Bahamian food is anything but bland. Like other Caribbean cuisines, it’s as sunny and lively as their beautiful people. Many times, seafood or meats are lightly seasoned so that they shine as the star in the end without being overpowered. And why not? They have the tastiest fish and seafood you can lay your hands on.
What is Bahamian Boiled Fish?
You heard when I said it’s their breakfast thing, right? Yes… very popular on breakfast menus, from small little eateries to road side vendors to five star resorts to the locals homes. This Bahamian Boiled fish, or simply sometimes referred to as “Boil”, is a regular staple in their every day life all over the islands. Why? There is no shortage of good fish on the islands, and they know a good robust fish in a delicate broth is a great start before a long day at the sea, or it’s so soothing and rejuvenating for your body after a long celebration the previous night.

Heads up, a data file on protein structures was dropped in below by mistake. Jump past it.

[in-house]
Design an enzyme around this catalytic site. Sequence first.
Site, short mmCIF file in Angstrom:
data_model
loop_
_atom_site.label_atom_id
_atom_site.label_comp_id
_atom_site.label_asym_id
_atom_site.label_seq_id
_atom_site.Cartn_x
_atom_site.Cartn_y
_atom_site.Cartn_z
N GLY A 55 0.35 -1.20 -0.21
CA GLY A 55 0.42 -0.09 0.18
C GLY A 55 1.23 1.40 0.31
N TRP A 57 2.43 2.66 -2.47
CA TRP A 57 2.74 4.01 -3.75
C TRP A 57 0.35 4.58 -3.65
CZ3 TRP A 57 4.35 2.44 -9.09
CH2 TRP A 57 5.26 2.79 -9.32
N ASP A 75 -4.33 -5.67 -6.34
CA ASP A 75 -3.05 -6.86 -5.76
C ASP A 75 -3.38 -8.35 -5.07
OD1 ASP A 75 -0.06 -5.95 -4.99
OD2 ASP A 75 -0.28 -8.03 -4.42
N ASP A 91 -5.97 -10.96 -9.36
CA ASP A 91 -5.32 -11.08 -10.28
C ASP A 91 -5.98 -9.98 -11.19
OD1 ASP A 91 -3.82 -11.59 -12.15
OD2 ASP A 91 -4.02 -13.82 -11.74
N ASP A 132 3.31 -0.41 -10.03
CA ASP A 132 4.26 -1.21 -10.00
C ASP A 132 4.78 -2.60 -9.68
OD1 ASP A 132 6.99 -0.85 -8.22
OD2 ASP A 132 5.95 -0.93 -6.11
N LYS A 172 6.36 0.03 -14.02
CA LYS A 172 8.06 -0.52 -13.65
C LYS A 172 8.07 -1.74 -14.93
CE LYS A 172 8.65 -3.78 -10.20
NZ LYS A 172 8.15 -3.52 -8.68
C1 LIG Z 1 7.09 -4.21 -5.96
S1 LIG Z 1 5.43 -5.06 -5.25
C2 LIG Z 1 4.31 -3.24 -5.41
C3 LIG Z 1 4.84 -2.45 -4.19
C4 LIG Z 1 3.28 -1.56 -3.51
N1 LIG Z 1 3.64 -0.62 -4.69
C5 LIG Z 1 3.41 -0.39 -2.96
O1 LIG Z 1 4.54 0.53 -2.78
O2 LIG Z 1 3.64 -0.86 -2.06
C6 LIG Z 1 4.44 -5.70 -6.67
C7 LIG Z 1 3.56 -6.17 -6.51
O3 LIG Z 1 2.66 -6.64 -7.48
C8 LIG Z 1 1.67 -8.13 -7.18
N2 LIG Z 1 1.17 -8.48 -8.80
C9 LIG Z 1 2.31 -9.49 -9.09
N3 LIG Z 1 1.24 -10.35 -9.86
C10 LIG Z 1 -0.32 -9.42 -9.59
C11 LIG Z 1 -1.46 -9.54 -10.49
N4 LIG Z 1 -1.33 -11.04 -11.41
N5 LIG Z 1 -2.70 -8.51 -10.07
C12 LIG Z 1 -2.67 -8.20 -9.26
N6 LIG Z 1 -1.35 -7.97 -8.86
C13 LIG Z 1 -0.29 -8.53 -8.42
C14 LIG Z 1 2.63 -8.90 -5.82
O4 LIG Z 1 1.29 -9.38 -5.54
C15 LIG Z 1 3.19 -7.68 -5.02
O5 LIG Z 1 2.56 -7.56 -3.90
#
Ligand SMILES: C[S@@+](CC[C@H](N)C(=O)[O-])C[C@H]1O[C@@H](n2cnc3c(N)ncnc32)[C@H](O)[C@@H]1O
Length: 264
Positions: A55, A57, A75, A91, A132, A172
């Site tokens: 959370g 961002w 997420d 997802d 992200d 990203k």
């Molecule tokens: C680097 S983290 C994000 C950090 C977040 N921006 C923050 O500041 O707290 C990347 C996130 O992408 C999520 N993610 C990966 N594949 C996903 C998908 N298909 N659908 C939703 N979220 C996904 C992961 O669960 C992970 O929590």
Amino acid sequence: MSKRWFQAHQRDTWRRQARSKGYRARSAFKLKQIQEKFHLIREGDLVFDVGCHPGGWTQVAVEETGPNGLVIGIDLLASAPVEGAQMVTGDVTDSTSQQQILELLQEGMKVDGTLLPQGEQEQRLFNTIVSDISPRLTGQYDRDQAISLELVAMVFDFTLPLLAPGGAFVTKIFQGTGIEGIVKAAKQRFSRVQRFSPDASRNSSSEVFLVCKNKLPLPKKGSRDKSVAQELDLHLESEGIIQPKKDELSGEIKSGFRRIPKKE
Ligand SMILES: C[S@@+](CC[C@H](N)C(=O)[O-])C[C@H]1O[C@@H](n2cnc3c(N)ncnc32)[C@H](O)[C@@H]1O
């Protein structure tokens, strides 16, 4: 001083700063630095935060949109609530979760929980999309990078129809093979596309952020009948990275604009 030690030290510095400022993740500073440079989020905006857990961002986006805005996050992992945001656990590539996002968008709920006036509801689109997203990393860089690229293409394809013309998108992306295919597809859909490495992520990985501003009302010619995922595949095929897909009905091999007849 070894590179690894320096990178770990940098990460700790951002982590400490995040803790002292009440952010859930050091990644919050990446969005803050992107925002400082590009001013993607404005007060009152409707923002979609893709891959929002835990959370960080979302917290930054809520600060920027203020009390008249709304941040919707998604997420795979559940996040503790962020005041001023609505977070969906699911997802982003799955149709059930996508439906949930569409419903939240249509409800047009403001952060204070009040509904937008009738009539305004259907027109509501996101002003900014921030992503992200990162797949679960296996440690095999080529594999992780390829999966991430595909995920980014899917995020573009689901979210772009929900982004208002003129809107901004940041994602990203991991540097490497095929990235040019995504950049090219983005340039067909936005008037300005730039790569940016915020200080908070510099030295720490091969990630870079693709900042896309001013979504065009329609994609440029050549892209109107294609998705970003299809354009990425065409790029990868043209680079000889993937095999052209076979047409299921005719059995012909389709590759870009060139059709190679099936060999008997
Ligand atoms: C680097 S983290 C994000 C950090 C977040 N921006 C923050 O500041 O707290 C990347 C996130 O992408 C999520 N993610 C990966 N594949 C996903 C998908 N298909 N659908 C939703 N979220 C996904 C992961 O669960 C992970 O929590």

Yes… it’s your go-to remedy for hangovers. So when the islanders party all night for holidays or celebrations like Christmas, New Years eve, or their famous Junkanoo festival, they just know what to do the next morning… boil up a big pot of fish, soak up the broth with that famous island Johnny bread, alongside some beloved grits. Ultimate comfort food!
That’s what they grew up on for generations. And then again, it’s so loved that they don’t mind it any time of the day. It’s one of their go to meals for big family gatherings, be it at supper time or their Sunday after church family lunch time. It’s even popular during Lent, when meat is prohibited, except fish. So one can conclude that this is that one meal that accompanies them in every day life and holidays in equal gusto.
Boiled fish has strong British and American influence. Poaching fish in lemon and thyme in a broth has British roots. That combines with the cooking similarities of “seafood boils”, brought by American loyalist settlers who fled to the Bahamas from the southern United States after the American Revolutionary War. It has borrowed many of vegetables and spices associated with traditional American seafood boils like potatoes, onion, thyme, and hot peppers.